Are Evangelicals Biblical?

Posted on 27 March 2008

Evangel 21:1 (Spring 2003)

Are Evangelicals Biblical?

Evangel 21:1 (Spring 2003)

Seldom does an editor have the benefit of being sent independently two articles on the same subject, which complement one another. Such however, was the case when Martin Woodier and Cohn Sedgwick submitted their own reflections on the current debate on conditional immortality. Both, by different routes, come to the (somewhat reluctant) conclusion that the traditional view on hell is essentially correct. However, they do raise significant challenges as to contemporary evangelical exegetical methodology. The same is true in my article on ‘Women in Church History’. Thus, it may be appropriate to ask here whether received canons of interpretation are adequate to faithfully interpret Scripture.

  Perhaps, then, I may be permitted to identify several areas in which evangelical hermeneutics requires greater nuancing. The first is its theory of language. Evangelical interpretation still generally proceeds by means of an approach that focuses upon the ‘meaning’ of words (often supported by etymological analyses) and careful examination of the grammatical syntactical relationship of words (where meaning is often supported by a mathematical argument based on usage). While such endeavours are laudable, they fail to recognize that specific meaning is essentially determined by the context and the latter can substantially revise or even overturn conclusions reached by lexical, grammatical and syntactical analyses.
 
  An additional rider here is that modern linguistics (especially pragmatics) has highlighted the existence both of ideolects (local variations in the use of language) and the fact that language does far more than simply provide prop 0-sitions. Consequently, I frequently read and hear interpretations of Scripture that fail to ask nuanced linguistic questions and, consequently, do not apparently ‘hear’ the text.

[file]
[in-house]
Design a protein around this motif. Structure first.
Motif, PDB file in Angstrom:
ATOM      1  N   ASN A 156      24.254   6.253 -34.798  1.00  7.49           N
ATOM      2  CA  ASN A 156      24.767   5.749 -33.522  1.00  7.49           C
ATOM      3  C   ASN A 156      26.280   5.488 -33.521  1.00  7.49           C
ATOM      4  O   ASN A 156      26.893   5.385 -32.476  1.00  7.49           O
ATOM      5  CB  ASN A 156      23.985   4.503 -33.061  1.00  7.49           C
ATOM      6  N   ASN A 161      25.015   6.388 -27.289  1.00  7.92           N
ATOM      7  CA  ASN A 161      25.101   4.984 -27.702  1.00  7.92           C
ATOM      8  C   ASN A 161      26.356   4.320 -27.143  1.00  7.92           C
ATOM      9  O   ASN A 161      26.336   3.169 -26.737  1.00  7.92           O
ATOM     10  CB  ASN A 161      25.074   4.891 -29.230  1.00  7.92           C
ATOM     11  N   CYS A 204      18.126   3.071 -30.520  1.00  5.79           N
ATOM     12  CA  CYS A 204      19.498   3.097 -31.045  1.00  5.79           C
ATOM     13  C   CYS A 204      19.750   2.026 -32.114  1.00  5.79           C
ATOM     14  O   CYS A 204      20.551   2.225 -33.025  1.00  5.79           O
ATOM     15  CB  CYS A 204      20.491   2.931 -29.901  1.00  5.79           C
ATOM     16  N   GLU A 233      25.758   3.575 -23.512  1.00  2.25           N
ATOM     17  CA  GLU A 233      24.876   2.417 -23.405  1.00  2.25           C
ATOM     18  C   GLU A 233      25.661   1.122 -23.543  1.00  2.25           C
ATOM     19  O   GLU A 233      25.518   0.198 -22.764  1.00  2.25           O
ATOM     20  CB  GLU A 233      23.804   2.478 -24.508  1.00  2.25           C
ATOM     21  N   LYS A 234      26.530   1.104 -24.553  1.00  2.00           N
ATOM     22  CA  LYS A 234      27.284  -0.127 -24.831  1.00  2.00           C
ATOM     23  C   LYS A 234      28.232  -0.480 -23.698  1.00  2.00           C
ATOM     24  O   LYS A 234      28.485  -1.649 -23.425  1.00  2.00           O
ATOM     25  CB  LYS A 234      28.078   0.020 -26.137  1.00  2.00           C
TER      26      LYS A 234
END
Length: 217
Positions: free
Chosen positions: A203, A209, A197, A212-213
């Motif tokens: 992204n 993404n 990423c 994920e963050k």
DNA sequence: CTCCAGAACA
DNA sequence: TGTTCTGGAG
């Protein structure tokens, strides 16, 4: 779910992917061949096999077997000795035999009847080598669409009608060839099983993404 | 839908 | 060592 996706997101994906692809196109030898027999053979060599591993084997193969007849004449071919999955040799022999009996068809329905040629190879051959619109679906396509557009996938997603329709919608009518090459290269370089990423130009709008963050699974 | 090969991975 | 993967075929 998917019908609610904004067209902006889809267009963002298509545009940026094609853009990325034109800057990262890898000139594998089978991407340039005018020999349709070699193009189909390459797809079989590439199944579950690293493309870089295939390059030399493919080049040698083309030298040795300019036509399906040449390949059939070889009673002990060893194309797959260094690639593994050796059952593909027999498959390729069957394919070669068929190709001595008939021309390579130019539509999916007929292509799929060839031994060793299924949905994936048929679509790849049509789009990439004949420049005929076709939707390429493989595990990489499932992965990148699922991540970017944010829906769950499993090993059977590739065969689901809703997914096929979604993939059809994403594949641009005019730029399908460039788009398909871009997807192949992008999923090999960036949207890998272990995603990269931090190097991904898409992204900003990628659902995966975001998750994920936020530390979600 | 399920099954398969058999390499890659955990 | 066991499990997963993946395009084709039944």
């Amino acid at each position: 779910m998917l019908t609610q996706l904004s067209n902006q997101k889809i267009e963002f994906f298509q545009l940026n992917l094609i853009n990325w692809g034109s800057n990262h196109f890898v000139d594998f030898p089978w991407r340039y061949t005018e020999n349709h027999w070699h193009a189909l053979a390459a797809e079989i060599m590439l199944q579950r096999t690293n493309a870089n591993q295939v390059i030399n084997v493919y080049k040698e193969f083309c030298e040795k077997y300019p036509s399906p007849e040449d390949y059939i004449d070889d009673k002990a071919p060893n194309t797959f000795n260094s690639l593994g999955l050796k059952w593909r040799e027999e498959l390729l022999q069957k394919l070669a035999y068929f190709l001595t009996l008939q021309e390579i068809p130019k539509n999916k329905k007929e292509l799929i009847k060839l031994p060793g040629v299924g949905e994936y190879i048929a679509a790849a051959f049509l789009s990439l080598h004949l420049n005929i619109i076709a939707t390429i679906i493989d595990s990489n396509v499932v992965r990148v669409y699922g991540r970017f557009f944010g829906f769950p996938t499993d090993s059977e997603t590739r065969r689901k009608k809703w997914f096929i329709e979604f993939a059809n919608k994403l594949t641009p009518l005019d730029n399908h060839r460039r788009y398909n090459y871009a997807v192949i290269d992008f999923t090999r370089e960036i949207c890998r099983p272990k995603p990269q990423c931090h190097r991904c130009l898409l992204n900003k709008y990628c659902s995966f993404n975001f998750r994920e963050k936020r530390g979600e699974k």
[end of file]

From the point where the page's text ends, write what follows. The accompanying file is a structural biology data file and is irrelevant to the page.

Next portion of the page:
The second area in need of attention is in the appeal to context. Here, even if undertaken, traditional approaches tend to privilege the literary context (or co-text). Yet the text has a number of contexts (not always easy to determine but) which, themselves, shape meaning. For example, biblical authors wrote within their own social and intellectual milieu and were shaped by their cultural context in the way they expressed themselves in writing. Failure to address this context cannot but distort the reading of the text.
 
  Thirdly, where appeal is sometimes made to historical and cultural context the analysis too often fails to reckon with the fact that the ‘past is a foreign country’ and the evidence it has left us is always partial and frequently skewed. The former difficulty (when unrecognized) leads to a reading of the past through our own concerns and a failure to really understand (while often, like the average British traveller, we think we have ‘grasped’ it). The latter raises the point of the authority of the primary sources cited. Most of the evidence from the ancient world that has come down to us is in the writings of a small elite of high born men. Do they accurately represent past reality?

This leads to a fourth challenge. This is the assumption that exegesis can be undertaken objectively: a view accompanied by the failure of the student to recognize their own locatedness. I have become increasingly aware that the fact I am a middle-aged, middle-class, married, white, male, Oxbridge-educated, Englishman affects the way I ‘read’ my world and the biblical text. I bring my presuppositions with me and my preferred exegetical method is inescapably affected by who I am. The confident assertions that I sometimes make (and hear) may have a lot more to do with bias than supposed objective analysis.

Should I, therefore, be pessimistic about access to the meaning of the Bible? Not at all. While access to infallible interpretation is, I recognize, impossible, a self-critical use of the range of exegetical tools offers the possibility of postulating a secure meaning. In doing this, I recognize that I must avoid short-cuts; the privileging of any one method over another. I also acknowledge that I need to adopt both a ‘bottom up’ (starting with the text) and a ‘top down’ (i.e. coming at the text from the wider contexts) approach. I need to view the various tools as a ‘basket’ of instruments where skilful choice and application leads to an interpretation that provides a ‘best fit’.

I suspect that while such an approach might lead to the challenging of some ‘clear’ interpretations of Scripture, an adequate methodology and application of them just might help resolve some of the questions that are ‘up in the air’ and reflected in the current journal. Certainly, the question of legitimate interpretation ought to be foregrounded in current evangelicalism.

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